Curing water based inks for screen printing can be a challenge, but with a little knowledge and some trial and error your shop can reap the benefits of using water based printing.
Before you make the decision to add water based printing to your list of services offered, you will have a few things to consider.
1. Will your existing equipment work or will you need to upgrade. Forced air dryers can be expensive.
2. Often overlooked…Can you or your employees devote the time needed to master this type of printing.
Curing water based inks for screen printing are very different then curing the plastisol inks that most everyone is used to using. You need a dryer with the capacity to handle the longer cure times that Water based inks require. Plastisol only needs to reach temperature for a brief time unlike water based inks which need to reach temperature and maintain that temp for a longer period of time usually 2 – 3 minutes.
If you do not have the proper dryer to cure water based inks don’t think you are totally out of luck. Some manufactures make an additive for the inks to help it along in the curing process. If this is the route that you chose to go down there are things to consider. (nothing can be easy or straight forward…right)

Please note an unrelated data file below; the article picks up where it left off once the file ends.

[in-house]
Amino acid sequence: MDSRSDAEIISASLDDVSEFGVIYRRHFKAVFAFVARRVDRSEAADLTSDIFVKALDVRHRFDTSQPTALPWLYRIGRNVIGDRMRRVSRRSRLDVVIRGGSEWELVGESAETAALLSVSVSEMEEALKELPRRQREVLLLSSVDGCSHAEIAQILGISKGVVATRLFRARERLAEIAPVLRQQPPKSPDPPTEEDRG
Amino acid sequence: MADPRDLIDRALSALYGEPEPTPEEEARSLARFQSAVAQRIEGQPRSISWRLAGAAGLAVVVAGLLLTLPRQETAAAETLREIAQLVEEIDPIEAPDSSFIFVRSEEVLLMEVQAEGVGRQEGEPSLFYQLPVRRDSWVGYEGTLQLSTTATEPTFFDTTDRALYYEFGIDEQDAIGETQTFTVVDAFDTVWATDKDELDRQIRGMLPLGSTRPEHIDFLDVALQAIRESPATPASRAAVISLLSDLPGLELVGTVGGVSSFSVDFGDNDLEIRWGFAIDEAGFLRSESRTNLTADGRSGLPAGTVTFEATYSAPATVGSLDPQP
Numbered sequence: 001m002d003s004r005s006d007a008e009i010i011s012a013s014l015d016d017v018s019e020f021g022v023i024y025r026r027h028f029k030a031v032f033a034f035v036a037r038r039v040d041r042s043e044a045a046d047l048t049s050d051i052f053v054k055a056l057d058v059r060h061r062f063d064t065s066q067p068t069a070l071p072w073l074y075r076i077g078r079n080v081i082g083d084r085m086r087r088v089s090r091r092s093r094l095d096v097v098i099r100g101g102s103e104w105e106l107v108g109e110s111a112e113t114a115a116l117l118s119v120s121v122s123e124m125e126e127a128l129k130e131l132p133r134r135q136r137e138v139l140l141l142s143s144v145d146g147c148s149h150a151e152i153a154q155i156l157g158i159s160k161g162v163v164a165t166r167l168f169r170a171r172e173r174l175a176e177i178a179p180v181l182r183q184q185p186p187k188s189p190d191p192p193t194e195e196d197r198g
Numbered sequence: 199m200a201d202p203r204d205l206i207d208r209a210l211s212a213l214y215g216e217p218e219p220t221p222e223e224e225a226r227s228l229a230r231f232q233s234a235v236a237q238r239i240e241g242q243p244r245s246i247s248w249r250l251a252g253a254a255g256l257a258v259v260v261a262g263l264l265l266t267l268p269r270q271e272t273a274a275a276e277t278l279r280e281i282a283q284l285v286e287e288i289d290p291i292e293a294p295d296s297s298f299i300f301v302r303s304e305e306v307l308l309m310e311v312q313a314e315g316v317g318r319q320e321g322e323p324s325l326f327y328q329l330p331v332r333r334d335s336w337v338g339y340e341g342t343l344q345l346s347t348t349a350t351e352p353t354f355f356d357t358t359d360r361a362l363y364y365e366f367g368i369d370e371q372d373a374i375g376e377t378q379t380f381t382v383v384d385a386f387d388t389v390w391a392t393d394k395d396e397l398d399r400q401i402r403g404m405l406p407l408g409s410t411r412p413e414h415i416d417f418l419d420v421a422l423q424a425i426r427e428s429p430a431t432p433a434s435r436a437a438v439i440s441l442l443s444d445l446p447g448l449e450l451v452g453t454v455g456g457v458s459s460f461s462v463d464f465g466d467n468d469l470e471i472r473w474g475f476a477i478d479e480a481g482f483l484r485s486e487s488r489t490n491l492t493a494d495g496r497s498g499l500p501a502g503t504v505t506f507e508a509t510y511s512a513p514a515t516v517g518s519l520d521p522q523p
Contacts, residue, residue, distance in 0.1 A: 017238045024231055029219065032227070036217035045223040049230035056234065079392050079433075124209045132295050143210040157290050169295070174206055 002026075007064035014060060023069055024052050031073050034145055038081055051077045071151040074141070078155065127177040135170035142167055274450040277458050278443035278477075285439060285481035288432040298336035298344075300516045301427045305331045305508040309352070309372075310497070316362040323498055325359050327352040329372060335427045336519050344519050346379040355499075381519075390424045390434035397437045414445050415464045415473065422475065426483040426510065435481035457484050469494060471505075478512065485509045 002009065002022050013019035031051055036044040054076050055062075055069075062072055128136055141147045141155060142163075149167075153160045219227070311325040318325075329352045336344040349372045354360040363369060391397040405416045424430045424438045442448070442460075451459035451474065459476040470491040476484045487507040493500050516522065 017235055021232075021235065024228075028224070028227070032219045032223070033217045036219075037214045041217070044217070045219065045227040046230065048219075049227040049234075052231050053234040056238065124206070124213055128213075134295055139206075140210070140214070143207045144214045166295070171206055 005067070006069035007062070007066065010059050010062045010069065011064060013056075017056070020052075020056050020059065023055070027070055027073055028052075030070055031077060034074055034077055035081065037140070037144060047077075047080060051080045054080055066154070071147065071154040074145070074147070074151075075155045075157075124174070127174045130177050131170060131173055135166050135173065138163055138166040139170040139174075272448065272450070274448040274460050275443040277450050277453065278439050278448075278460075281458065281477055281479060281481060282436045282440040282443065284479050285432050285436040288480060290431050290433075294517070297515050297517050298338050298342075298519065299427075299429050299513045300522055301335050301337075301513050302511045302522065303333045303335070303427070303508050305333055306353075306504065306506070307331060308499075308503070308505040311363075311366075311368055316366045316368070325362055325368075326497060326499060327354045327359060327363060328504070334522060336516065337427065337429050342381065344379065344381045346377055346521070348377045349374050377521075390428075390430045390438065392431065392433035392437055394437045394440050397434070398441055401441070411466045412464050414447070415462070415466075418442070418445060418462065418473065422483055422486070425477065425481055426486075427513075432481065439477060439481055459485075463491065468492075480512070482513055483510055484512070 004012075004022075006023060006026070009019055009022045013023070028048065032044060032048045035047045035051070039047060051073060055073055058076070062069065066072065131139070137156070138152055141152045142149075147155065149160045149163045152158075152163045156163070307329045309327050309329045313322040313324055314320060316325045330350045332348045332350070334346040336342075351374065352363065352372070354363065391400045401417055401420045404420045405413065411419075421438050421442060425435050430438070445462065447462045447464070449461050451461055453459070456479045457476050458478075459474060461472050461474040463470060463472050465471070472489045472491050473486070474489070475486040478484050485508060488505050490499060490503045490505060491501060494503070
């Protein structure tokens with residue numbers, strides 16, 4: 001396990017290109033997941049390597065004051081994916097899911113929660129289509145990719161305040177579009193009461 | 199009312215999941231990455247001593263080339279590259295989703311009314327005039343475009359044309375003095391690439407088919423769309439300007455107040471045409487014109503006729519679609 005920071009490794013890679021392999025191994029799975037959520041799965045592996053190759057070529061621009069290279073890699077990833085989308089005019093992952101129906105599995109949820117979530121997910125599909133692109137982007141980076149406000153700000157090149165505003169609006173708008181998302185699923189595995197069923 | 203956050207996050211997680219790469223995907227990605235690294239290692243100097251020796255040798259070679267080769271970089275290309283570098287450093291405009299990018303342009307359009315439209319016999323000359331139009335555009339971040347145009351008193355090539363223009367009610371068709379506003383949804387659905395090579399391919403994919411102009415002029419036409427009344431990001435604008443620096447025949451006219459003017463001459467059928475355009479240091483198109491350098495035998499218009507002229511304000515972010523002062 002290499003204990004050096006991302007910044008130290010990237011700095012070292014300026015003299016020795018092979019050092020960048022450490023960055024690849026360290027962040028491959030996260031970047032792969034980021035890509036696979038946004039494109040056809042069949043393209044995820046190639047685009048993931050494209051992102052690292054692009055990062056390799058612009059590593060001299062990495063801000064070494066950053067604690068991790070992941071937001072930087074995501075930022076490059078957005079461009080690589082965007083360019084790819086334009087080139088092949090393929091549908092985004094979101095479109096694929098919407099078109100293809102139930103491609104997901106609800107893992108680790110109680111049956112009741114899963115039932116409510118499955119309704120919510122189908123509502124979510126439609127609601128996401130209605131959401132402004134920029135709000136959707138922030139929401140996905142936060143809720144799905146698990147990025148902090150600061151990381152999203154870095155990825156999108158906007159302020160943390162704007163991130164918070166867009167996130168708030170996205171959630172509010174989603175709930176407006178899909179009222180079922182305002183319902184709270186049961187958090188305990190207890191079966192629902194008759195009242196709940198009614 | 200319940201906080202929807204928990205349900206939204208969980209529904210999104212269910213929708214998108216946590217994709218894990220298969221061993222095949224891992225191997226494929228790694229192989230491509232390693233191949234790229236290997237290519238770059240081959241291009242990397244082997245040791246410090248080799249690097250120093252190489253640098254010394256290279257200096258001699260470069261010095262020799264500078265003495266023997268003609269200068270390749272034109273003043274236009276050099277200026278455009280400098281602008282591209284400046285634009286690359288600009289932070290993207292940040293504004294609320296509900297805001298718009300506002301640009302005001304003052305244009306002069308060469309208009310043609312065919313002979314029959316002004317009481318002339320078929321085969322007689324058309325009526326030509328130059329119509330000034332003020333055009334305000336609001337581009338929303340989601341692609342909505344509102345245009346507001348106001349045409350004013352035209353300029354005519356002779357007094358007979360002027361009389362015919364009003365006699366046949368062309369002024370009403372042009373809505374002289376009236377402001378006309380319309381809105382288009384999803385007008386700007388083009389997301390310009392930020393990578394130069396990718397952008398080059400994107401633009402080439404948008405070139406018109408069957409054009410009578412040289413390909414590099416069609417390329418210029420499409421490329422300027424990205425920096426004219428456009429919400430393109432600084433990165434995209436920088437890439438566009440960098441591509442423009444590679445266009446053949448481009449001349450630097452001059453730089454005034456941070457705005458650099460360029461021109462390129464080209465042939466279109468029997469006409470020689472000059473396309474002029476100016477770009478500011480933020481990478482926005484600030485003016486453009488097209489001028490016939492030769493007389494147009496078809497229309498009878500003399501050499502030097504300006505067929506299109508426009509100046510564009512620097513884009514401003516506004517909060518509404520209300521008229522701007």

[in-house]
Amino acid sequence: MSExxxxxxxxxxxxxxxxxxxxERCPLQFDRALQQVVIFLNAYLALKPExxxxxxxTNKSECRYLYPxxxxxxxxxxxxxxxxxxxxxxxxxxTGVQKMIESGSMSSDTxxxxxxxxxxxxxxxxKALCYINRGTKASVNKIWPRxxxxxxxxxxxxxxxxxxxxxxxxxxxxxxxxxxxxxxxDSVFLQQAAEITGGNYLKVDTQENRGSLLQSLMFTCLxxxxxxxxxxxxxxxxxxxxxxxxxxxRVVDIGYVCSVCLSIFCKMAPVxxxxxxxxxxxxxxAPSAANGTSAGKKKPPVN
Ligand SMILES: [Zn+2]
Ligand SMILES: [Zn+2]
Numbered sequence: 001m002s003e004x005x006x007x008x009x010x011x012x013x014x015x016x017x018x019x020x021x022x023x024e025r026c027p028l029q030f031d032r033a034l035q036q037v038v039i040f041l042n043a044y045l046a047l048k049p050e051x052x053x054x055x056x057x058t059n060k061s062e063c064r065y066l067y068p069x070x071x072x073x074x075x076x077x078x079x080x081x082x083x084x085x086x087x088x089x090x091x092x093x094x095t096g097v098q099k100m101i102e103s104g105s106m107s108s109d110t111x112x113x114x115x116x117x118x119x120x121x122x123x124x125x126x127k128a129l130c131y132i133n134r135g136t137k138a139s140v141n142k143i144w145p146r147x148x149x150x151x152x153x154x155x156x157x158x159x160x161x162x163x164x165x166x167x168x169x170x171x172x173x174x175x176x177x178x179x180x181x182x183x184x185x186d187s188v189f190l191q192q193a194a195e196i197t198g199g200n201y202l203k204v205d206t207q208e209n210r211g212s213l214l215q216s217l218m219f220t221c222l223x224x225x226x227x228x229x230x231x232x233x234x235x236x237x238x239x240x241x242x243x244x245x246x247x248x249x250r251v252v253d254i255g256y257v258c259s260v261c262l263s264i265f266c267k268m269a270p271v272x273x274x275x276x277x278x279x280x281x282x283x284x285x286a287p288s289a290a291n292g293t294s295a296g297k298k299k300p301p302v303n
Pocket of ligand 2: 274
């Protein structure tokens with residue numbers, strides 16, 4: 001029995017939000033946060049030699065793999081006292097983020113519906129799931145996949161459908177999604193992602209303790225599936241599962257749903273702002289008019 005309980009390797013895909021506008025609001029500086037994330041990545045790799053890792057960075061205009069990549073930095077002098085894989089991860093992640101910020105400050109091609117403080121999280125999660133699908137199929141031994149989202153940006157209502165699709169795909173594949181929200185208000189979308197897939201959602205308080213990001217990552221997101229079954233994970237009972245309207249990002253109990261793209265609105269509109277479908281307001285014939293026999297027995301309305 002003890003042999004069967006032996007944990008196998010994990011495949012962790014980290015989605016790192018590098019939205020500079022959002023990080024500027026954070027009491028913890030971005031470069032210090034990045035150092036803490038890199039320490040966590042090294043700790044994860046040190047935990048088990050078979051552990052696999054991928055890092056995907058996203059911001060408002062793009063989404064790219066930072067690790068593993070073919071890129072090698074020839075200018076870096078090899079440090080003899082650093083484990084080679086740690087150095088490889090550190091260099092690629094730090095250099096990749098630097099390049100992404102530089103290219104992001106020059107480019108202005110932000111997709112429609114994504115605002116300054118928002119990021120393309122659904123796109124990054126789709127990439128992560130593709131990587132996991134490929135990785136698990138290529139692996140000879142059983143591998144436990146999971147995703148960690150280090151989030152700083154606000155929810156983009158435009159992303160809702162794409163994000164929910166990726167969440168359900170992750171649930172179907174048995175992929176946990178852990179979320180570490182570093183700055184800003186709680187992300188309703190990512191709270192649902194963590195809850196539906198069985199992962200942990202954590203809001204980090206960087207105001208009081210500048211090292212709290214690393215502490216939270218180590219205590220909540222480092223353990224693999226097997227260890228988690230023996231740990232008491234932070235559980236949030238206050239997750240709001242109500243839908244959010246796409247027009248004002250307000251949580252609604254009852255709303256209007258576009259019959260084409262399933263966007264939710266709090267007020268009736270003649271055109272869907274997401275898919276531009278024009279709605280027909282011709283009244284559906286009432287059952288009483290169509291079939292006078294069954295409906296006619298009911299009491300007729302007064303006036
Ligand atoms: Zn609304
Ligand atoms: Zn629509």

Add the Catalyst
Very important to remember that once you add the catalyst the clock starts ticking…the ink has to be used or thrown out as there is now a time limit put on it. The time will vary a bit but usually within four to eight hours is all you got. So, in addition to the benefits of a shorter cure time in the dryer the ink will dry faster in the screen…very important to not forget this…so no slow employees at this point….no lunch and smoke breaks either. When using an additive like this I make sure the press is running at all times. The theory being…take no chances. Even if you do not add a catalyst be mindful to not leave the ink in the screens at the end of a shift.
An acceptable alternative to an additive in the ink is simply putting the shirts through the dryer more than once. Depending on your dryer twice through might be sufficient or maybe three or more times. Although this method is not production minded it will work…just remember to do a few test prints. Run them at various times through your dryer and make to sure wash test each version before you do the full job and it gets in the customers hands.
Curing water based inks can be a challenge. A little effort and lots of trial and error you can be successful.